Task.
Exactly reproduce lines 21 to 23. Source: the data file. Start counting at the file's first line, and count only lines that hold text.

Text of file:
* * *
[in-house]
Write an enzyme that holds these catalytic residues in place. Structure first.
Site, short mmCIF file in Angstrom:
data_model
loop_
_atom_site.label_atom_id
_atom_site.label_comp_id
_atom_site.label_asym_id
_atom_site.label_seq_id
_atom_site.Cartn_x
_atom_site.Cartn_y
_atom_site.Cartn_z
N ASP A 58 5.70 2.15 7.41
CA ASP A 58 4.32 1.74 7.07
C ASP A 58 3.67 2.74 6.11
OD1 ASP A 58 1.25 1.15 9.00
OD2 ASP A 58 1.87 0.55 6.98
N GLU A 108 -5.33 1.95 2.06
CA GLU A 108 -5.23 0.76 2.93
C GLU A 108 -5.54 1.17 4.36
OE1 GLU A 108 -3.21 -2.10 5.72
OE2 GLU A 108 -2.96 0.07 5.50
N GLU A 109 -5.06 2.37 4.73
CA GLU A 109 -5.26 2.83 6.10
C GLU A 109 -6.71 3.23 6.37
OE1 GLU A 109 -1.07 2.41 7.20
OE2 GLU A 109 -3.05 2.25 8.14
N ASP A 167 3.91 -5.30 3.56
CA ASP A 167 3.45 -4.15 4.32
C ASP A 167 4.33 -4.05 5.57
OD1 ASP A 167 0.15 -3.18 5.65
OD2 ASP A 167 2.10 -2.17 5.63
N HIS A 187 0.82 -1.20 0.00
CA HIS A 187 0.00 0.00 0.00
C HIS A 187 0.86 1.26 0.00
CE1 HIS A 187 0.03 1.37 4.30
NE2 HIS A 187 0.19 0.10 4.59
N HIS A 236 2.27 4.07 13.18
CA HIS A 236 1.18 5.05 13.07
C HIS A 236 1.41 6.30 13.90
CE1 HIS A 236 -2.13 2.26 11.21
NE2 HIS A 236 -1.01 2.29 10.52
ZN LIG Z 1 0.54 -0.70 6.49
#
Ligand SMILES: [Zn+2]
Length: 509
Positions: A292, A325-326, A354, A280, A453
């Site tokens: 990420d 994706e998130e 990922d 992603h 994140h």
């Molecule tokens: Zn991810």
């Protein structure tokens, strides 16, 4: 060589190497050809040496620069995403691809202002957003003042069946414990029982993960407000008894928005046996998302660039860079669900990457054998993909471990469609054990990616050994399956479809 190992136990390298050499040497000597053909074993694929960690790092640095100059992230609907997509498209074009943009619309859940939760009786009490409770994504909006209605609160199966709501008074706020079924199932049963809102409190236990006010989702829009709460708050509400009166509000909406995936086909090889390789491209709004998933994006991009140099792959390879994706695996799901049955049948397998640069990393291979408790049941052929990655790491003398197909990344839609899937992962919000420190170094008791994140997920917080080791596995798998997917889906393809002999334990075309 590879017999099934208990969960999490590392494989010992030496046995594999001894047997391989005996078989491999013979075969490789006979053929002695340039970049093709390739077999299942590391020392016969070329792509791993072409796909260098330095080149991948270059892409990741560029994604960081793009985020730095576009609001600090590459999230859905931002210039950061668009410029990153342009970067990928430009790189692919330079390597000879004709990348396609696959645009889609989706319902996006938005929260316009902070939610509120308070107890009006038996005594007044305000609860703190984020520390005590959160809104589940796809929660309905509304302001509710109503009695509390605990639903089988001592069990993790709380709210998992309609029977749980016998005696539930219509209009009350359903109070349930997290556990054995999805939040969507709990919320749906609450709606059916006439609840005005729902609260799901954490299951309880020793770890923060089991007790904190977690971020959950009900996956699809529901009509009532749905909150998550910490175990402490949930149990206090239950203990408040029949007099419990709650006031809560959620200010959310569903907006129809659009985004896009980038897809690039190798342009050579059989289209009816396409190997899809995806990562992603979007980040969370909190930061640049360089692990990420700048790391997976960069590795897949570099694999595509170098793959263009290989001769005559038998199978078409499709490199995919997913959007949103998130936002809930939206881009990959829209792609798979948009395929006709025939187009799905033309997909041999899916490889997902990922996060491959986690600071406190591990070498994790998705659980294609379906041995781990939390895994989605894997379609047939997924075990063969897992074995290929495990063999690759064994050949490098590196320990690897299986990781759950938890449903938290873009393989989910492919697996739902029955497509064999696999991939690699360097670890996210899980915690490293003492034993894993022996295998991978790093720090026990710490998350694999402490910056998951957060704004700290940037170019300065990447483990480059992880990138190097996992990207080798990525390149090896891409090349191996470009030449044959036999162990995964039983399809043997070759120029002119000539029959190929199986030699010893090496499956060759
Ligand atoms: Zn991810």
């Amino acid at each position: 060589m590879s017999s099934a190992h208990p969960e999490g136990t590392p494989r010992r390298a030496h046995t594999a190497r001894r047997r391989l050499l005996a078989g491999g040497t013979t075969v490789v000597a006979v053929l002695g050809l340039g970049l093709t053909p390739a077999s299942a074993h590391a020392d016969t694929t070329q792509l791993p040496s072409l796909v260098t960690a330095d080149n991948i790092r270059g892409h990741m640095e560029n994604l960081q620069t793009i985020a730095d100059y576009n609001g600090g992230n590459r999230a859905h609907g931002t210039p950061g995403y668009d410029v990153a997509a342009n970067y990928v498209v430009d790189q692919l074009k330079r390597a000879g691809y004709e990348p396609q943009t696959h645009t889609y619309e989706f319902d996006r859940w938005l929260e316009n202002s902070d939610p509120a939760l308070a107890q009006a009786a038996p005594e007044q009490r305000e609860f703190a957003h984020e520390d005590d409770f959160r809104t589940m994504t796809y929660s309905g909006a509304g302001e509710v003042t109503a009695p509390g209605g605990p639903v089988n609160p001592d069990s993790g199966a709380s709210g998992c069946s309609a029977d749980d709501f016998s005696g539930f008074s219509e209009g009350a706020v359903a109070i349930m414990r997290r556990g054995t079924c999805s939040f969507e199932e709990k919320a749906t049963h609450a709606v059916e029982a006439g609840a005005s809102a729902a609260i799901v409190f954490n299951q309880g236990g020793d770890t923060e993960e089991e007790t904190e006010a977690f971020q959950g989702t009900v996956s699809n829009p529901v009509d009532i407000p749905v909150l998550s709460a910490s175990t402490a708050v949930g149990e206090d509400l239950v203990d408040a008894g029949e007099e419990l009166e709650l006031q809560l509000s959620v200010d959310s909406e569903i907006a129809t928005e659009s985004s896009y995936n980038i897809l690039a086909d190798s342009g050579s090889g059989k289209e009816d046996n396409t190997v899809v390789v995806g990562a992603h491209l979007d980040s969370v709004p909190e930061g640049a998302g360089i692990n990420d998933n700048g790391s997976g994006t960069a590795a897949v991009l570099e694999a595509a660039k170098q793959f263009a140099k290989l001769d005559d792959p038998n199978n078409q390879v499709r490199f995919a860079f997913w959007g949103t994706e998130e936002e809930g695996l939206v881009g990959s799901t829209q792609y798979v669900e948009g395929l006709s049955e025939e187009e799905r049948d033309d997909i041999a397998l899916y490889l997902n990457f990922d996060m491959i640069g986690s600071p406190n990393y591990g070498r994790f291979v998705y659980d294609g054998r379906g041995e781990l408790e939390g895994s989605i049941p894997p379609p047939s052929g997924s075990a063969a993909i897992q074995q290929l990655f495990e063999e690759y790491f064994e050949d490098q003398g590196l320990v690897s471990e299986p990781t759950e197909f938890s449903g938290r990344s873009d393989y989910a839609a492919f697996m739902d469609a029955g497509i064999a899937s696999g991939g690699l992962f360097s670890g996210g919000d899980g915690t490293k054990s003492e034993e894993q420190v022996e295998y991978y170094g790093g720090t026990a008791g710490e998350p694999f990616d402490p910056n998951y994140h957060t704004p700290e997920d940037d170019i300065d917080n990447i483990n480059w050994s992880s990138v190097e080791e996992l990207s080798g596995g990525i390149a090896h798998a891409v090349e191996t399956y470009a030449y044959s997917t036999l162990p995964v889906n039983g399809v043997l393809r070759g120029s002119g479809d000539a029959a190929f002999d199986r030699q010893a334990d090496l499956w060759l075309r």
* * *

OE1 GLU A 108 -3.21 -2.10 5.72
OE2 GLU A 108 -2.96 0.07 5.50
N GLU A 109 -5.06 2.37 4.73